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Installation of python on my workspace.

P: n/a
Hi,

I had two questions. I am new to Unix and Python. I wanted to get
python installed on my unix terminal without too much interference from
the administrator. How can I do this?

It seems python is already installed at some location. But when i type
Idle I am not able to get the Integrated Environment(IDLE). There is
already the Tkinter.py installed . Do i have to modify my profile and
add any environment variables to my .profile to get it going.

I would greatly appreciate it, if anyone could help me with this.
Thanks.

Jul 6 '06 #1
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2 Replies


P: n/a

py****@gmail.com wrote:
Hi,

I had two questions. I am new to Unix and Python. I wanted to get
python installed on my unix terminal without too much interference from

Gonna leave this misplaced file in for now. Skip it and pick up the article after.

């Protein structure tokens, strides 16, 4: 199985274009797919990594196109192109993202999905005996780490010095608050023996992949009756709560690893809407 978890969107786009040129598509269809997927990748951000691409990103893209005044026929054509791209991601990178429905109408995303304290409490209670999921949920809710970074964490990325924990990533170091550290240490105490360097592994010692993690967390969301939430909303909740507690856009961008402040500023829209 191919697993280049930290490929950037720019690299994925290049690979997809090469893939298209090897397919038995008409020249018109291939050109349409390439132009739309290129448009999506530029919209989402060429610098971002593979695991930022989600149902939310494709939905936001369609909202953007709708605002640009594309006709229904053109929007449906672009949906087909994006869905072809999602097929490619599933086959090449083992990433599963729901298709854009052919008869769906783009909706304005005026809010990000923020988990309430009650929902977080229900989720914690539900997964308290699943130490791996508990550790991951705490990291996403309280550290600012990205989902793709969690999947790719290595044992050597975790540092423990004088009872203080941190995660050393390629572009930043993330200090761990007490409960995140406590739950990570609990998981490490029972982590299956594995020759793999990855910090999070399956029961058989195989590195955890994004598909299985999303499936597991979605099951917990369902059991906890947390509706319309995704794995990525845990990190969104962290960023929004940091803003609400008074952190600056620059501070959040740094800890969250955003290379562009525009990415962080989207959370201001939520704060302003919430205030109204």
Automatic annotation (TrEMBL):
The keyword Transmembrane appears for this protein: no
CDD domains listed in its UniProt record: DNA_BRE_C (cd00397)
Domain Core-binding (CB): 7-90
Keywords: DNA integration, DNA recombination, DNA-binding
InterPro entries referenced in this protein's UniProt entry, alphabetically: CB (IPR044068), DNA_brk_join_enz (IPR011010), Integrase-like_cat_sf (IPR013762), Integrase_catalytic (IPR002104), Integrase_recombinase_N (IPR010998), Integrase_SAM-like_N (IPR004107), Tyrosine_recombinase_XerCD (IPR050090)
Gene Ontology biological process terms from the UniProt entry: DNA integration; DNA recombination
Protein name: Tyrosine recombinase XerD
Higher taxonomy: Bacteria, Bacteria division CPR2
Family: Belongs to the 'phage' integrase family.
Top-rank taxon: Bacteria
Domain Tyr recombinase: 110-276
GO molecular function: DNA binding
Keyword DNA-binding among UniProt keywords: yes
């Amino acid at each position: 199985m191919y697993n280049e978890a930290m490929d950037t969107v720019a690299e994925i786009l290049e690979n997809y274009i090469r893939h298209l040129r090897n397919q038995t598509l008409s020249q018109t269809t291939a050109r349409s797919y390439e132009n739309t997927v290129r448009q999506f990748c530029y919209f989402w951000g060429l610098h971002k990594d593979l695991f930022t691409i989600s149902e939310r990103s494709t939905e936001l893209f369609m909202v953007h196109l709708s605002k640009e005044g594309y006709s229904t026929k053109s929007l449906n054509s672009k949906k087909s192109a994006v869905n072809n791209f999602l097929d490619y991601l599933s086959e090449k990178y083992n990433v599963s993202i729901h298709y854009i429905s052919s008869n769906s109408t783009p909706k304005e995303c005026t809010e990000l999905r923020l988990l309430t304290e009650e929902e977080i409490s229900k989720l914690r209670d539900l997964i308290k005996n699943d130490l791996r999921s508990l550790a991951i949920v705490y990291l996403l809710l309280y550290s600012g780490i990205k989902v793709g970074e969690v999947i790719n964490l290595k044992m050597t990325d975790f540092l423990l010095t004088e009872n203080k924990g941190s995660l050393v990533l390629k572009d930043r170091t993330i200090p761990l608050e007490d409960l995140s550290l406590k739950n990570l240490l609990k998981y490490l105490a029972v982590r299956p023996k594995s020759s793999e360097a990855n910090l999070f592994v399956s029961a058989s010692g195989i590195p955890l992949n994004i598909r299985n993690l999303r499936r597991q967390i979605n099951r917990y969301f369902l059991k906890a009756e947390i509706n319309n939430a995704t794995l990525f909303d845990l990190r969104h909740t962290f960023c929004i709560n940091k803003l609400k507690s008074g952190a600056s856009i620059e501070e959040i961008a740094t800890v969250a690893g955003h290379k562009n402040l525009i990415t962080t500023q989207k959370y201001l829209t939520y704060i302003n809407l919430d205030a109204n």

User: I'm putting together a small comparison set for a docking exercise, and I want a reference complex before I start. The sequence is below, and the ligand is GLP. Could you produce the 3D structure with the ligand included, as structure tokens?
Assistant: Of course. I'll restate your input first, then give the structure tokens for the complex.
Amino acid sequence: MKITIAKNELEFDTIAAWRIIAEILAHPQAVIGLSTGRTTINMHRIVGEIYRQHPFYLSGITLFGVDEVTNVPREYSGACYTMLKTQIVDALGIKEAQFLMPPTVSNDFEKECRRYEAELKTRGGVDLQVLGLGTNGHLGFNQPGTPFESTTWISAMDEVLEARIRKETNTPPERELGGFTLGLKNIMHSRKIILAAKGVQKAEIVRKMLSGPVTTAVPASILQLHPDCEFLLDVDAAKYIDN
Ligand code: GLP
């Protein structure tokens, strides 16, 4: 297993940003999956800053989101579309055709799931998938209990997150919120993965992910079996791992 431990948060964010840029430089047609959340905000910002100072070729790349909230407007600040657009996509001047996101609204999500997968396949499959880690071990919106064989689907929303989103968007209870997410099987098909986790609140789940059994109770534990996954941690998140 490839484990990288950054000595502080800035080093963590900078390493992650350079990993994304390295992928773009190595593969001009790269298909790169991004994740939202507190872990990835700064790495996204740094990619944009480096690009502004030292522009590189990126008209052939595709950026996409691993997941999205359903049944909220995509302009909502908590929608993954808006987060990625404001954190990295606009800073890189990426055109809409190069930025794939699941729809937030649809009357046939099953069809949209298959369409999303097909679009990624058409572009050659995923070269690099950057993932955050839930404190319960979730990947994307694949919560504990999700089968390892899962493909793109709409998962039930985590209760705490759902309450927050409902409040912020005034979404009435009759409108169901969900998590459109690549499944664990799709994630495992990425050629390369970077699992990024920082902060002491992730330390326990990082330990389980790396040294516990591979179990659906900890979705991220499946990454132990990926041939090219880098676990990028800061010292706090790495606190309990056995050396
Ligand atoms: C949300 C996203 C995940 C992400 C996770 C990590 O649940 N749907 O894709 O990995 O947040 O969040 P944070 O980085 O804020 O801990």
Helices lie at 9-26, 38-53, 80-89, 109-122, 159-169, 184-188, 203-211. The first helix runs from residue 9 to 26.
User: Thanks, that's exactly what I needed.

the administrator. How can I do this?

It seems python is already installed at some location. But when i type
Idle I am not able to get the Integrated Environment(IDLE). There is
already the Tkinter.py installed . Do i have to modify my profile and
add any environment variables to my .profile to get it going.

I would greatly appreciate it, if anyone could help me with this.
Thanks.
As far as I know, my linux instalation of python doesn't have an IDE,
but it could be different for your situation. If it is, the command is
probably not called "idle" (that does something else normaly).

You can always use an existing text editor. If python itself is
installed, you should be able to type "python" to bring up the
interperiter, or "python filename.py" to run filename.py.

Jul 6 '06 #2

P: n/a
py****@gmail.com wrote:
I had two questions. I am new to Unix and Python. I wanted to get
python installed on my unix terminal without too much interference from
the administrator. How can I do this?
If you have the Python sources, you can configure it to install where
you tell it using the
--prefix option. E.g. ./configure --prefix=$(HOME) will install it in
your login dir, so you'd run python using $(HOME)/bin/python. No
sysadmin required.

Glenn

Jul 6 '06 #3

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